Vegemite Is The Secret Ingredient For Ultra Rich Mac And Cheese

Mac and cheese is one of the world's most popular comfort foods. This combination of chewy pasta and creamy, salty cheese sauce is so successful that we purchase one million boxes of Kraft mac and cheese every single day. This versatile dish, which can be served as a main course or as a side, is a staple of both home kitchens and restaurant menus. Whether dressed up with pieces of lobster or eaten plain with a squirt of your favorite hot sauce, mac and cheese will never fail to satisfy both body and soul. 

However, like many simple recipes, there are always means to improve the humble mac and cheese, from adding different varieties of cheeses to the mix to incorporating additional ingredients, like proteins and vegetables. But let's think outside the (mac and cheese) box for a moment. By using a little bit of Vegemite, a condiment that is nearly synonymous with Australia, you can add more umami and deliciousness to your mac and cheese.

Vegemite with mac and cheese

Vegemite is a thick, deep-brown spread made from yeast extract — a by-product of beer production — combined with vegetables and spices. This uniquely Australian culinary invention was created during the First World War when shipments of Marmite, a similar spread made in Britain, became scarce. Although it struggled to gain traction in the market when Marmite imports resumed, a fortuitous partnership with Kraft brought additional capital. This allowed the company to aggressively market the product by giving away Vegemite with the purchase of Kraft cheese. Eventually, Vegemite became the preferred yeast spread for Australians, who are said to carry some when they travel just in case they cannot find it overseas.

The taste of Vegemite is said to be very salty and full of umami, but slightly bitter. It is commonly spread on buttered toast, but it can also be used as a secret ingredient to boost flavor, similar to other glutamate-rich substances (think soy or fish sauce). If you are making béchamel for your mac and cheese, add some Vegemite to your sauce just before you add the cheese and pasta for an umami enhancement. If you are using a boxed mix, add a small spoonful of Vegemite just before serving and combine well for the same effect. No matter which method you choose, start with a tiny amount, since Vegemite is very strong and will overwhelm a dish if not used sparingly.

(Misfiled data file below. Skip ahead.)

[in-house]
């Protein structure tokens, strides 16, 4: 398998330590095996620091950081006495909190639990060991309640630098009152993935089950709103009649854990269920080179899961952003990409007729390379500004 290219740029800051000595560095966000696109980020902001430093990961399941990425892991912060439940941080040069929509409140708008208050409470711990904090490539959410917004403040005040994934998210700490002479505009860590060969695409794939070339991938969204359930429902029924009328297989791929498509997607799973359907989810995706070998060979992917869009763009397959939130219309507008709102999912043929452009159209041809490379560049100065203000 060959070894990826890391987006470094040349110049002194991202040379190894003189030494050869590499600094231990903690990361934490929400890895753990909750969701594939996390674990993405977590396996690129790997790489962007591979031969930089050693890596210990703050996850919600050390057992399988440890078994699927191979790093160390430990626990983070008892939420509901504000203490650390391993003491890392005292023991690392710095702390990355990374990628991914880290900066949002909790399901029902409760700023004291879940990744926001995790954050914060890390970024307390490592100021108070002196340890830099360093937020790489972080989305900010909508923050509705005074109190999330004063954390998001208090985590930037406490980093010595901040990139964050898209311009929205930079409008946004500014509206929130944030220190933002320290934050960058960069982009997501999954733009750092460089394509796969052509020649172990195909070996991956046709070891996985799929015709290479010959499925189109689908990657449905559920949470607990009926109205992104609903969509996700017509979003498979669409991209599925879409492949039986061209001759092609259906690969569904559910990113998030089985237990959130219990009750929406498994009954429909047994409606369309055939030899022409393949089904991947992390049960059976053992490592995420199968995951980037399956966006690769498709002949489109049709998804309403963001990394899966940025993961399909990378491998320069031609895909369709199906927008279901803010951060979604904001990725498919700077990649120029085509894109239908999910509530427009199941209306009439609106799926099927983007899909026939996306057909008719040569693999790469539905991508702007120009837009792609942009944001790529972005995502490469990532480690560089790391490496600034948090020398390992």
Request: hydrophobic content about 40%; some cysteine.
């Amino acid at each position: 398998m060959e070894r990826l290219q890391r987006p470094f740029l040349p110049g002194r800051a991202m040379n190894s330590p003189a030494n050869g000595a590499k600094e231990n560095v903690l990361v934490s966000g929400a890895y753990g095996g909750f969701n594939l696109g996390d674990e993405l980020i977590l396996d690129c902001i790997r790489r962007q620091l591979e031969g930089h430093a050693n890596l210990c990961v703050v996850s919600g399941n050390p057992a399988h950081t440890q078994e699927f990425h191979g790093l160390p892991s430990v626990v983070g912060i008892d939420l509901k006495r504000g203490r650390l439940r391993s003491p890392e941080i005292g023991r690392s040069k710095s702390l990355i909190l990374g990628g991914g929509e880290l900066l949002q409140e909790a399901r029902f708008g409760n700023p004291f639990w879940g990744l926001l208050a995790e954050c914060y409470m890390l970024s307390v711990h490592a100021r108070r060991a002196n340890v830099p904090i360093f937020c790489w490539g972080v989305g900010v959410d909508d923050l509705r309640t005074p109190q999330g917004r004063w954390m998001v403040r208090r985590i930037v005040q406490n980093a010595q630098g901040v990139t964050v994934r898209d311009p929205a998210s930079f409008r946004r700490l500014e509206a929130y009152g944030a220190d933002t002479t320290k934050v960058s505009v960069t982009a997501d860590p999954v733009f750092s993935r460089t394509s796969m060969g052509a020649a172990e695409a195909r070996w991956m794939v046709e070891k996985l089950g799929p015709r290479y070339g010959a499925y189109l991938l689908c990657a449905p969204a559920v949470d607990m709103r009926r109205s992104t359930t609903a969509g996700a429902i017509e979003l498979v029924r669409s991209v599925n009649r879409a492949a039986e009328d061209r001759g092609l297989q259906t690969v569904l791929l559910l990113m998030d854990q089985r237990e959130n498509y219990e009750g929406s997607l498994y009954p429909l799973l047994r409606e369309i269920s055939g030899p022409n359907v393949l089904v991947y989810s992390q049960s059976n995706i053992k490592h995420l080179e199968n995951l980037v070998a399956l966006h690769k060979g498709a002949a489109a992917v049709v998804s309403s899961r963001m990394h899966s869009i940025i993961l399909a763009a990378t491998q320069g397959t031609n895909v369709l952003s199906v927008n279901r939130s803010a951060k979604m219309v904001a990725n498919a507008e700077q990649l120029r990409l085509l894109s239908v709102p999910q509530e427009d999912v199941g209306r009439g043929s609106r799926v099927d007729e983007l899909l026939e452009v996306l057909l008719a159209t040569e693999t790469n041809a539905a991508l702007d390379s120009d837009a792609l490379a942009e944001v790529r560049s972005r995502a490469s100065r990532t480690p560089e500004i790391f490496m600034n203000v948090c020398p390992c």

Good and good for you too

With its deep umami flavors, Vegemite can be used in many places where you wish to provide a flavor bump when cooking. Since it is very concentrated by nature, you only need a small amount to season sauces, gravies, stews, and soups. Vegemite can also be used as part of a coating for roasted vegetables — especially root vegetables, such as carrots. It can also add extra flavor to sauces, grilled cheese, and even pizzas. After mixing a little in your mac and cheese, you may notice that its savory notes pair very well with cheese specifically. In fact, Vegemite even makes a Vegemite-cheese spread that's perfect for sandwiches.

Another reason to use Vegemite to season your food is its high nutritional value. Although high in sodium, Vegemite is a rich source of many types of Vitamin B, including Thiamin (Vitamin B1), Riboflavin (Vitamin B2), Niacin (Vitamin B3), and Folate (Vitamin B9). According to WebMD, it is so rich in Vitamin B that doctors have prescribed the spread as a dietary supplement since a single teaspoon of Vegemite will provide 25-50% of the daily recommended intake of the micro-nutrient.